The story of 250,000 teenagers on the road in the Great Depression is one of the vital sagas of America in the 1930s. These archives derive from 3,000 letters written by men and women who rode the rails between 1929 and 1941; follow-up questionnaires and interviews complete a rare first-hand account of Americans living through one of this nation’s bleakest eras.

INDEX to letters from Americans who rode the rails during the Great Depression

"Almost no one ever mouthed the threat of anarchy."' | Knights of the Road | How to catch desert rattlesnakes. | Hobo signs: Tell-tale markers for fellow travelers | "Roosevelt was in  the White House and all was well with the world."

Hobo Life in the Great Depression | "Extra! Extra! Stock market collapses!" | Hard  Times: "Have you seen grown men cry?" | What 15 cents bought you in the Great Depression

Begging for food in the Great Depression | Yermo Red, railroad bull of terror at Barstow | "Mexican people were very kind to us." | A child's education during the Great Depression

"The world was coming to an end." | Dancing in the heart of the Ozarks | "If you don't want to be a hobo, you'll need schoolin' " | Big Jim Foss died under the open sky |

CALIFORNIA -  Part Three
"A terrible heinous time in American history." | Hard Traveling: Transients in the Great Depression | Wild Boys of the Road | Harassed by railroad cops and Kangaroo courts 

The girl with a heart of gold | A millionaire's son who was 'de-princed' | No safe way to hope a speeding train | Lessons learned from hoboing in the Great Depression

Dangerous LIves: Children in the Great Depression | "Hoover blew the whistle, Mellon rang the bell, Wall Street gave the signal, and the Country went to hell." 

Riding freight trains in the Great Depression | "Sixty days on a chain gang in Texas."

"WPA and CCC saved America from a revolution." | A sure way to get a handout from the lady of the house.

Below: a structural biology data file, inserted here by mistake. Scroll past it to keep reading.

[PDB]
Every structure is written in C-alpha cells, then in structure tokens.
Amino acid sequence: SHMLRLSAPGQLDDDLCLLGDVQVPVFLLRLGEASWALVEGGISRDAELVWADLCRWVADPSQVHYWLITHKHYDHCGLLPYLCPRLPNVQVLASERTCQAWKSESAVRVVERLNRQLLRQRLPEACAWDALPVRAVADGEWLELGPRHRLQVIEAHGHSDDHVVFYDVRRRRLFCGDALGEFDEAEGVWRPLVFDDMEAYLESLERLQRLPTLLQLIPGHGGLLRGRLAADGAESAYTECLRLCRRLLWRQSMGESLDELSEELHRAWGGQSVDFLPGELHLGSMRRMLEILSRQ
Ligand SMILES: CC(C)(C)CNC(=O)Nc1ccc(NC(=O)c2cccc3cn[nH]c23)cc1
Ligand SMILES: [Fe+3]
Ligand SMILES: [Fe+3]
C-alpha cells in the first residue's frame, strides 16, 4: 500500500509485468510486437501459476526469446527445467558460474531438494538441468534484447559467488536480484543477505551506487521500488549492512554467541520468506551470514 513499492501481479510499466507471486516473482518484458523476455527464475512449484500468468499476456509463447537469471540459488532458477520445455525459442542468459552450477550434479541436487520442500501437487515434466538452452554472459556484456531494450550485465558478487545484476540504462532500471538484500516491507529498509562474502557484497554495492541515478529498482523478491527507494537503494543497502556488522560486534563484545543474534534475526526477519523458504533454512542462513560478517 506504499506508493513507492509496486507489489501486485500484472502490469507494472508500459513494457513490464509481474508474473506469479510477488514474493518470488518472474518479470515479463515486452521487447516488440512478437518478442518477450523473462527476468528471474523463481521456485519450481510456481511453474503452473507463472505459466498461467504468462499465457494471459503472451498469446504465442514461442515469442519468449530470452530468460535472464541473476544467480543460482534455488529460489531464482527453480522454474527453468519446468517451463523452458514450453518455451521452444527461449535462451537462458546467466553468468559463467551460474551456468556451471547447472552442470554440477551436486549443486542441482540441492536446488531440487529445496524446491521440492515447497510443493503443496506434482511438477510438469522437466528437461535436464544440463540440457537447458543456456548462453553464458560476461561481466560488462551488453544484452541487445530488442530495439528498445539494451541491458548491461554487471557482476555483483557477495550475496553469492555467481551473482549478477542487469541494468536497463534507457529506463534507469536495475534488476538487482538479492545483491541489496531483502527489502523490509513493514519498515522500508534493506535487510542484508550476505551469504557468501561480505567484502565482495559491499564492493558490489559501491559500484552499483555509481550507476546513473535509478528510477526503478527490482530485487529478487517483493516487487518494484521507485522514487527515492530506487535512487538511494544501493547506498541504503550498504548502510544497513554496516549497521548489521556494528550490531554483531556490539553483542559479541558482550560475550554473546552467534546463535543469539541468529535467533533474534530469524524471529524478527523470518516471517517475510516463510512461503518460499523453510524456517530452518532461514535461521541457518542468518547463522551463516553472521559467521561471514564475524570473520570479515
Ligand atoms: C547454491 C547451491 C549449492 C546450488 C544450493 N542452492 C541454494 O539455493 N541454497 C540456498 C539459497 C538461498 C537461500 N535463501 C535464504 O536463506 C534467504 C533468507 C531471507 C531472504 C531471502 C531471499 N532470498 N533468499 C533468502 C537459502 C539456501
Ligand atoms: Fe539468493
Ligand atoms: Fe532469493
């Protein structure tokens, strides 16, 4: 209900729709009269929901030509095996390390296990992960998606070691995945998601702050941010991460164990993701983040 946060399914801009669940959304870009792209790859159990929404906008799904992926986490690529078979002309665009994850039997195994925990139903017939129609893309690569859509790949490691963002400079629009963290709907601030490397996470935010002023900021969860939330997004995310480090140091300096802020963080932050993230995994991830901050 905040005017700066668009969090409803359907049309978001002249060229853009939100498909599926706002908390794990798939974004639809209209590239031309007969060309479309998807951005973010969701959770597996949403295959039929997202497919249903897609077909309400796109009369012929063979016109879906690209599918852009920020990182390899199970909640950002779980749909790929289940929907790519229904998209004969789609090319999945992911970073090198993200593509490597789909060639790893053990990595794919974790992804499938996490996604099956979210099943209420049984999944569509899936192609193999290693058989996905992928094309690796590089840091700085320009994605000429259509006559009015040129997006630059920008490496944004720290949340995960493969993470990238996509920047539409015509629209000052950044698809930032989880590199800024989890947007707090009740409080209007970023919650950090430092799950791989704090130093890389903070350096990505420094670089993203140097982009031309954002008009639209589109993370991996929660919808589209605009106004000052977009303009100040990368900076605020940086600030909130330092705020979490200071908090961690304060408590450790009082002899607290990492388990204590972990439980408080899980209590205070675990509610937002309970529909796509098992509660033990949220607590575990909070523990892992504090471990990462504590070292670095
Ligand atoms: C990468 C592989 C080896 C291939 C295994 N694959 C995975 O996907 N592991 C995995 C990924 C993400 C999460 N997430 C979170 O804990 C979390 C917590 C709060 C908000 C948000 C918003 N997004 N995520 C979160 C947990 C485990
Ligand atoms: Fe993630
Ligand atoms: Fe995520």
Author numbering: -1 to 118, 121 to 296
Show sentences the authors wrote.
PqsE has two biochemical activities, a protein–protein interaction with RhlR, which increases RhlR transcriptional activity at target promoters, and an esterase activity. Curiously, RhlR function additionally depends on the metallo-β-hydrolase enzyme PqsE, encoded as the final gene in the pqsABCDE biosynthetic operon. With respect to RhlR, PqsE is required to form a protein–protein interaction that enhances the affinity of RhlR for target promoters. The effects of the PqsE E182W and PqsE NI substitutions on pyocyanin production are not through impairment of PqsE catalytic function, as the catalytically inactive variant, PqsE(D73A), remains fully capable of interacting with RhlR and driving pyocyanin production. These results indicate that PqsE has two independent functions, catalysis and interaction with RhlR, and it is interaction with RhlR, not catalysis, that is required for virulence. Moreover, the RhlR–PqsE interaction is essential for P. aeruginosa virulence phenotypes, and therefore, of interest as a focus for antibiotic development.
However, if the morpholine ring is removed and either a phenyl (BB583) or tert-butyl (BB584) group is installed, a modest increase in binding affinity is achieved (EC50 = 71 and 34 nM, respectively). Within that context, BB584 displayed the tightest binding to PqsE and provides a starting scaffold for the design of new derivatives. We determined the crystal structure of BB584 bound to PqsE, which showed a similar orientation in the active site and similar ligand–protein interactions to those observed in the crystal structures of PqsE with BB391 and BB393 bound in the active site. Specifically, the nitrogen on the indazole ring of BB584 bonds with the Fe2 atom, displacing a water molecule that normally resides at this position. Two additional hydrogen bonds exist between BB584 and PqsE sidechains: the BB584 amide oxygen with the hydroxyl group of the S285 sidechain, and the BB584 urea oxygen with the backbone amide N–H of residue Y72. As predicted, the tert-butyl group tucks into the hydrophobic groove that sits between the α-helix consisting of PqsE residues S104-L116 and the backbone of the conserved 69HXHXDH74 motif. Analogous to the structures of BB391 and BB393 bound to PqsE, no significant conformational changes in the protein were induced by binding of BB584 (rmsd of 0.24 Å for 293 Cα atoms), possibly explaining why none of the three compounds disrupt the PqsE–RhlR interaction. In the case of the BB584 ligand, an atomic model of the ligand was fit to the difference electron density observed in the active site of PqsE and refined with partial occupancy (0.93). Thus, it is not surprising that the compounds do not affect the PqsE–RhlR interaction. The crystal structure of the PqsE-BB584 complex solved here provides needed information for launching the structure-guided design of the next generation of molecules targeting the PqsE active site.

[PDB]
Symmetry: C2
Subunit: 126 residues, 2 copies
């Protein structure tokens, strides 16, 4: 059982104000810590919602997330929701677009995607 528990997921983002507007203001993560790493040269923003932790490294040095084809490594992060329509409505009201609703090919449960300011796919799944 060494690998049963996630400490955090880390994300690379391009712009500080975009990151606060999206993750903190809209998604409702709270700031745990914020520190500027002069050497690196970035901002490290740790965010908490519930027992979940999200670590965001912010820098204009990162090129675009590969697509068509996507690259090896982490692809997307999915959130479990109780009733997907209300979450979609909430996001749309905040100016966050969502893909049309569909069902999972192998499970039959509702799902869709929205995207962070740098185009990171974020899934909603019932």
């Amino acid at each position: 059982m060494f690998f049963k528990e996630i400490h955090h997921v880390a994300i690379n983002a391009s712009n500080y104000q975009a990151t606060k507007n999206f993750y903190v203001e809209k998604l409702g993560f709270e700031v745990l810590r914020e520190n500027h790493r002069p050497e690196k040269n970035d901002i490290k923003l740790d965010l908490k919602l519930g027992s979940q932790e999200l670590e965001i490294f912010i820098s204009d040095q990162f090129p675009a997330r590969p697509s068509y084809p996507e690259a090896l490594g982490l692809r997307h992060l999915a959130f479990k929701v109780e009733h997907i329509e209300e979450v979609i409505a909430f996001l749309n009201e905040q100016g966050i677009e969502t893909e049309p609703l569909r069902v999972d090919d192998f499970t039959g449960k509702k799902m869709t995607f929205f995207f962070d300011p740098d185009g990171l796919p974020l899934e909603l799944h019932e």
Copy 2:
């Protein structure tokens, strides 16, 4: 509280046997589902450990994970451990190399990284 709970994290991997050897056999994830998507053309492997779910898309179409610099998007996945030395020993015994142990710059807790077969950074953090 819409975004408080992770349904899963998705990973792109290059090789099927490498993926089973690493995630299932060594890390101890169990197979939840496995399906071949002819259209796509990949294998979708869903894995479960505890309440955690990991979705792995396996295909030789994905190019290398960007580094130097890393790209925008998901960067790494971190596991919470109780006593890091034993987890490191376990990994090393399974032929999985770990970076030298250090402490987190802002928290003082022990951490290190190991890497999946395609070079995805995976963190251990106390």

Florida - Part One
Living a "Grapes of Wrath" Life | Top hat and tails on a boxcar | Thirty days on a chain gang in North Carolina | Runaway boy's seven summers on the rails in the 1930s | A mother and three children, 5, 7, 9 follow the crop harvests in California

Florida - Part Two
Looking for a job during the Great Depression | How lesson from the road shaped the lives of young hobos | "Our home was a regular stopover for the 'Knights of the Road' - hobos, tramps and vagabundos " | "When was the last time you wrote to your mother?" | "How lonely and mournful a train whistle sounds..."

Georgia - Iowa
Lumps, set-downs, hitting the stem - How the hungry got a meal on the road | Hobo Jungle - Learning the ropes from old-timers | "I was one of Hoover's prodigal children." | Al Capone's soup was the best."

Idaho - Illinois
Wild Boys of the Road | "Kitty! Kitty! Kitty!" - The meanest, fattest woman in Phoenix, Arizona | How Hobo King Rambling Rudy escaped the rage of Texas Slim

Indiana - Kansas - Kentucky
Child migrants: American youth in the 1930s | "Go West!" A Nebraska farm boy follows the harvests | "Poverty, love, and a fervent trust in God." |"I was a John Dillinger look-alike." | "I became a hobo because of the life that was in me, the wanderlust that would not let me rest."

Louisiana - Massachusetts - Maryland - Maine
Riding the rails was a rite of passage for a generation | "Act, Scene and Line" - A Hobo Shakespearean | Nickels from the old lady in the Rolls-Royce | Flying Fish: Hitching a ride in Buckminister Fuller's Dymaxion. | Riding a Deadheader: Kings of the cinder trail

Michigan - Minnesota
Hooverville - A Place to stay in the Great Depression | "Put your pride in your pocket and your hat in your hand." | 1930s: America's Restless Years  | "Franklin Delano Roosevelt was my all-time hero when he introduced the CCC." | Migrant boys and girls as young as twelve all had this in common: no jobs, no money, no hope. | "We buckled our belt to the catwalk to avoid falling off when we slept."

Missouri - Mississippi - Montana
What it was like to be poor in America in the 1930s | "We lived in the Ozarks. There was no future for young people. | Century of Progress: Heading to the Chicago World's Fair

North Carolina - North Dakota - Nebraska - New Hampshire
"We saw America as a land of opportunities. The people were down, not out." | "My family was slowly starving to death." | Adventures of a happy-go-lucky boxcar kid. | The hobo who came back to say thank you